Established in 2020 (and then delayed for two pandemic years), Squalicum Musical Theatre Institute is three-week intensive summer program run by educators with expertise in the performing arts. Each summer we work with high school students in the Bellingham Public School District to produce a full-length musical, culminating in a weekend of community performances. We are a 501(c)(3) nonprofit organization located in Northwest Washington State.
Squalicum Musical Theatre Institute provides summer educational opportunities by involving students and community members in musical theatre production. The performance program serves high school students across Bellingham School District, fostering interscholastic collaboration. The technical, stage, and artistic production crews comprise a mix of students, arts educators, and community members sharing their expertise and building partnerships across the greater Bellingham performing arts community. By bringing full-length musicals to live audiences, the Institute develops multidisciplinary story-telling skills to illuminate our common humanity.
"Super Trooper" from Mamma Mia, summer 2022, photo credit SMTI
Participating in musical theatre has so many advantages for teenagers! We structure our program so that young actors and crew members learn these core lessons:
The Value of Face-to-Face Interaction
Whether teens are on stage or in the production crew, bringing a musical to fruition depends on effective, in-person communication. Rehearsals require brainstorming, problem-solving, and respecting each other’s ideas. Performances require reading the audience and adjusting to their reactions. Live theatre provides the opportunity to exercise these muscles—important ones in this screen-dominant, post-isolation age. It’s a lot of fun when teens have to put down their phones and be present.
Mamma Mia bow shenanigans, summer 2022, photo credit Keston Ruby
"Dancing Queen" from Mamma Mia, summer 2022, photo credit Keston Ruby
Empathy for Diverse Human Experiences
Musical theatre helps teens deepen empathy for others by investing them in telling a character’s story. Some stories reflect familiar experiences and help teens reflect more deeply on their own lives and identities. Other stories open up new worlds by exposing them to characters’ diverse experiences that are less familiar. It’s moving to see young performers and crew members find the truth in the stories they’re telling.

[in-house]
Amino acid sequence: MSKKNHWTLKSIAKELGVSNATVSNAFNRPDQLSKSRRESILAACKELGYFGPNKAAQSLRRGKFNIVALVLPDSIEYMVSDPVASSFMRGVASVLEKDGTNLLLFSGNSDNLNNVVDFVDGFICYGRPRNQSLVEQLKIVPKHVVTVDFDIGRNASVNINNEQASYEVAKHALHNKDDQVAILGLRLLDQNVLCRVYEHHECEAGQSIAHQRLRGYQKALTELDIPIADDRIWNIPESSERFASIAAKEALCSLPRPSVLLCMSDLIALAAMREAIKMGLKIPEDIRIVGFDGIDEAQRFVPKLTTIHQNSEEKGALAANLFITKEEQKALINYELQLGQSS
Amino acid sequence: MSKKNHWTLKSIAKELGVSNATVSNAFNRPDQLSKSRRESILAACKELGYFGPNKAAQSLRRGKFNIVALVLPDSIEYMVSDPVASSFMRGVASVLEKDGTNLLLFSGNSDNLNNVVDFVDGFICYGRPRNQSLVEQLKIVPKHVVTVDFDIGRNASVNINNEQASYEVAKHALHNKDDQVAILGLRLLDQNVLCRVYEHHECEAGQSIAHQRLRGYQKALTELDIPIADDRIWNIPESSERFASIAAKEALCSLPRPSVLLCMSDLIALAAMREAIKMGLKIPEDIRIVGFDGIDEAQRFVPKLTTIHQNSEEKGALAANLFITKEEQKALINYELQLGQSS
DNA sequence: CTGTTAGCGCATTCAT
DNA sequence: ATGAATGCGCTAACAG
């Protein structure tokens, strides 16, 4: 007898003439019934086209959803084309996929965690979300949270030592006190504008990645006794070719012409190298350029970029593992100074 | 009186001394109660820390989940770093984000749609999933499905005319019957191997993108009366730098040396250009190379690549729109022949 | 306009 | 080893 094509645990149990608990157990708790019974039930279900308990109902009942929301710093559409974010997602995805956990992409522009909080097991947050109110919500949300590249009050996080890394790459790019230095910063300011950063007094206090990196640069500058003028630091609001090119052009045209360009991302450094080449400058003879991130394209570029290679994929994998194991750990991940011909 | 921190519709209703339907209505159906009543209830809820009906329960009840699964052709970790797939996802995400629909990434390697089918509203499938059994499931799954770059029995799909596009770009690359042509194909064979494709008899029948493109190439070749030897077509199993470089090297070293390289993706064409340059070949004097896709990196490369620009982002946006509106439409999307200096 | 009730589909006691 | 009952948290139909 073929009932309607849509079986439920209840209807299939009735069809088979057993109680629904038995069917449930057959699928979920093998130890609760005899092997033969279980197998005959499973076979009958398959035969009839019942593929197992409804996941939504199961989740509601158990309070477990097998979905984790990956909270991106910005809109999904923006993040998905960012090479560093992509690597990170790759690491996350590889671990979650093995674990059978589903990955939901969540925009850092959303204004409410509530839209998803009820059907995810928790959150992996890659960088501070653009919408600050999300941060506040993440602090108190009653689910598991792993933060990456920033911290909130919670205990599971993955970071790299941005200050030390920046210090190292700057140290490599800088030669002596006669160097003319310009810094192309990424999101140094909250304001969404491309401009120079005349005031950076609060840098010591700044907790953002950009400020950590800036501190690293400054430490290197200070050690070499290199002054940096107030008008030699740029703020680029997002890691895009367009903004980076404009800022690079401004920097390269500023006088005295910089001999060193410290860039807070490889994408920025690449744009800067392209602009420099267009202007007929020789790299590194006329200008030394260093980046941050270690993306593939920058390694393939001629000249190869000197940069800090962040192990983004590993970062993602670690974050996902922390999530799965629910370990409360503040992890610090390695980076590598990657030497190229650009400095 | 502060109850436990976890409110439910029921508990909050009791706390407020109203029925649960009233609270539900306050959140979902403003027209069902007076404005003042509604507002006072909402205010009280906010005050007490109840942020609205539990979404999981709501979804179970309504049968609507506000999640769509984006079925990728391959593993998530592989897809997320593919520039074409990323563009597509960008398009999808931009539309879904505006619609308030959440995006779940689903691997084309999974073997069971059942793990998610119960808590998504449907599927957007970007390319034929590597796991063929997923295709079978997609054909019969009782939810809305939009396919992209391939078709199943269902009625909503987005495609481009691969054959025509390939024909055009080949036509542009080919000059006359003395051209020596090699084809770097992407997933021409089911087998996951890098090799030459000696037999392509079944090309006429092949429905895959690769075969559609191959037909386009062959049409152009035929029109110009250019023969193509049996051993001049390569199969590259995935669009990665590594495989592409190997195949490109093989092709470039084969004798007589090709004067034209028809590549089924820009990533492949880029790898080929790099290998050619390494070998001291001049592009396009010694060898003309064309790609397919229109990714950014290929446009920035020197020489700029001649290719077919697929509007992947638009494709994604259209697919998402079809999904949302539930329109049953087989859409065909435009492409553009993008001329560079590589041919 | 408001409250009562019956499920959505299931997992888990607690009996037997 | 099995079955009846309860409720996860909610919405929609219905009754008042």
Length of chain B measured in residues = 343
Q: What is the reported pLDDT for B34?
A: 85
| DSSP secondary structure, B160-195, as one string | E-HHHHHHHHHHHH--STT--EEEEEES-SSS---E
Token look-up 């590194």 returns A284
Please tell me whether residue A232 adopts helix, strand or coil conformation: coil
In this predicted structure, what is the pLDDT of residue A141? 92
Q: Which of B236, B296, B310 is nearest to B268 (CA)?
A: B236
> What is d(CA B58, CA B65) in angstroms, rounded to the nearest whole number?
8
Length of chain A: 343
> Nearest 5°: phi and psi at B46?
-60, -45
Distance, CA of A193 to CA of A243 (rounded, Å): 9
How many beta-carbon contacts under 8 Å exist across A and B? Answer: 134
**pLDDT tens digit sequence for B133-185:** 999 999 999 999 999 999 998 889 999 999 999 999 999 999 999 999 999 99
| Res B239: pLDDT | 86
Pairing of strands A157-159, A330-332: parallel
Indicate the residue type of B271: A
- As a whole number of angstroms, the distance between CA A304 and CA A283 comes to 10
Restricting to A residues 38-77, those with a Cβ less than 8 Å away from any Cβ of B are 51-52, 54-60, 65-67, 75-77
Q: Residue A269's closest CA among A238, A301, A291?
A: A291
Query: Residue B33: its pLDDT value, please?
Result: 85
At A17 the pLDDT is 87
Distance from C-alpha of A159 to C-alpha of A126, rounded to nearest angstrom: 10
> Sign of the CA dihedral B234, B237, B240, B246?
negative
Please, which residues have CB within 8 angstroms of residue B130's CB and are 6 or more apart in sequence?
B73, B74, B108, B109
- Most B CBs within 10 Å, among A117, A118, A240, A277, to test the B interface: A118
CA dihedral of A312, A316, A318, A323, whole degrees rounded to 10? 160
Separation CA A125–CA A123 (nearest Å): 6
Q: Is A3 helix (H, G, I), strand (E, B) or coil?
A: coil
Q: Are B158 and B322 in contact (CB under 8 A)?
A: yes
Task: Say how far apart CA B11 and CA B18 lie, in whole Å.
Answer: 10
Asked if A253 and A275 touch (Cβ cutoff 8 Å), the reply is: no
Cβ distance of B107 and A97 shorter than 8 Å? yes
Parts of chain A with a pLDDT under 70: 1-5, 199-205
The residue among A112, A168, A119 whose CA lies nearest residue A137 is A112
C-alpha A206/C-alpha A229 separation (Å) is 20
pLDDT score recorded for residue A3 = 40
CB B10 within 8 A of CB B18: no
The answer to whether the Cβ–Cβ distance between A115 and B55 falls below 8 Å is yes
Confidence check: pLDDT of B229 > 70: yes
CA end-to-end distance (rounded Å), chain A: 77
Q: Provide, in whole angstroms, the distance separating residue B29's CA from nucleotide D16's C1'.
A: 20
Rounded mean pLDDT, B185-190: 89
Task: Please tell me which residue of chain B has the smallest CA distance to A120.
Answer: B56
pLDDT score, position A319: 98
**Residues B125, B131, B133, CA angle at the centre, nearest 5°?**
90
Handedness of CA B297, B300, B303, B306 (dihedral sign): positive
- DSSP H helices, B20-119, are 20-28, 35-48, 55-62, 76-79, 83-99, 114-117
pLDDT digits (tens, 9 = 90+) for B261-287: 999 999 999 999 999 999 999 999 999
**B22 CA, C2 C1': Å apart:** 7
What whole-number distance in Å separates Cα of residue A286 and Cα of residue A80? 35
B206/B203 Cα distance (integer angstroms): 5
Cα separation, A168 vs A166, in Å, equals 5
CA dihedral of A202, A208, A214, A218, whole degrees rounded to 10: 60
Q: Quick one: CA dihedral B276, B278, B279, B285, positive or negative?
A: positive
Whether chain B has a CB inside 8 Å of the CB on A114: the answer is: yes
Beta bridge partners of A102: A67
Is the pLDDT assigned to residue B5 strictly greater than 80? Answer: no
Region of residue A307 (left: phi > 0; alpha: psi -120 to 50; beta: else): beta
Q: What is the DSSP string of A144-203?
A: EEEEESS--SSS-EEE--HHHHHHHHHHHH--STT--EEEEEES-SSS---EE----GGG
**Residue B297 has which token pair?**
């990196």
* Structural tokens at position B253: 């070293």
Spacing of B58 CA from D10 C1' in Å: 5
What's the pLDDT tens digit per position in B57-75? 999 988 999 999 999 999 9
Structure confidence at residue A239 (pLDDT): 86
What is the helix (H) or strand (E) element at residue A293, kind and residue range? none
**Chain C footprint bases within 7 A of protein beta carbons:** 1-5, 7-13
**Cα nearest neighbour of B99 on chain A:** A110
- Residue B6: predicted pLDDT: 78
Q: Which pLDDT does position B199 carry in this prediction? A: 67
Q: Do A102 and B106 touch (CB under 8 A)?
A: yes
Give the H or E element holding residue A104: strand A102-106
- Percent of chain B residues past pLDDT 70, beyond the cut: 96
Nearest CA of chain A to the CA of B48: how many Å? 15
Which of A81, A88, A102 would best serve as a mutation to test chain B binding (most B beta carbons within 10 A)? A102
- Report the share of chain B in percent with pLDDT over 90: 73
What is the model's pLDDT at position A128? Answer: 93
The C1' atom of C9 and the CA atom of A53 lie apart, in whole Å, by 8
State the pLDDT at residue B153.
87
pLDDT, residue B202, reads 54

Confidence and Poise
Teens develop such confidence when they make bold character choices, sing and dance with conviction, design a set, or coordinate a show from backstage. When things go wrong in musical theatre—and they do!—performers and crew members must maintain poise, think on their feet, and adjust seamlessly. These essential life skills foster persistence and resiliency. We love to watch young cast- and crew members improvise solutions without missing a beat.
"Slipping through My Fingers" from Mamma Mia, summer 2022, photo credit Keston Ruby
Bows dance from Mamma Mia, summer 2022, photo credit Keston Ruby
Teamwork to Serve a Larger Goal
Musical theatre is very much like a sport. Cast and crew know that every role is essential to the group’s collective goal, and they learn to focus on elevating everyone around them in service to it. When actors and crew work as a team, trust each other, and prioritize the story, the experience is magic. Anyone who’s been part of a musical knows the unique and indelible bond that such intense collaboration creates, and this experience is so valuable for teens. This might be the best part of musical theatre!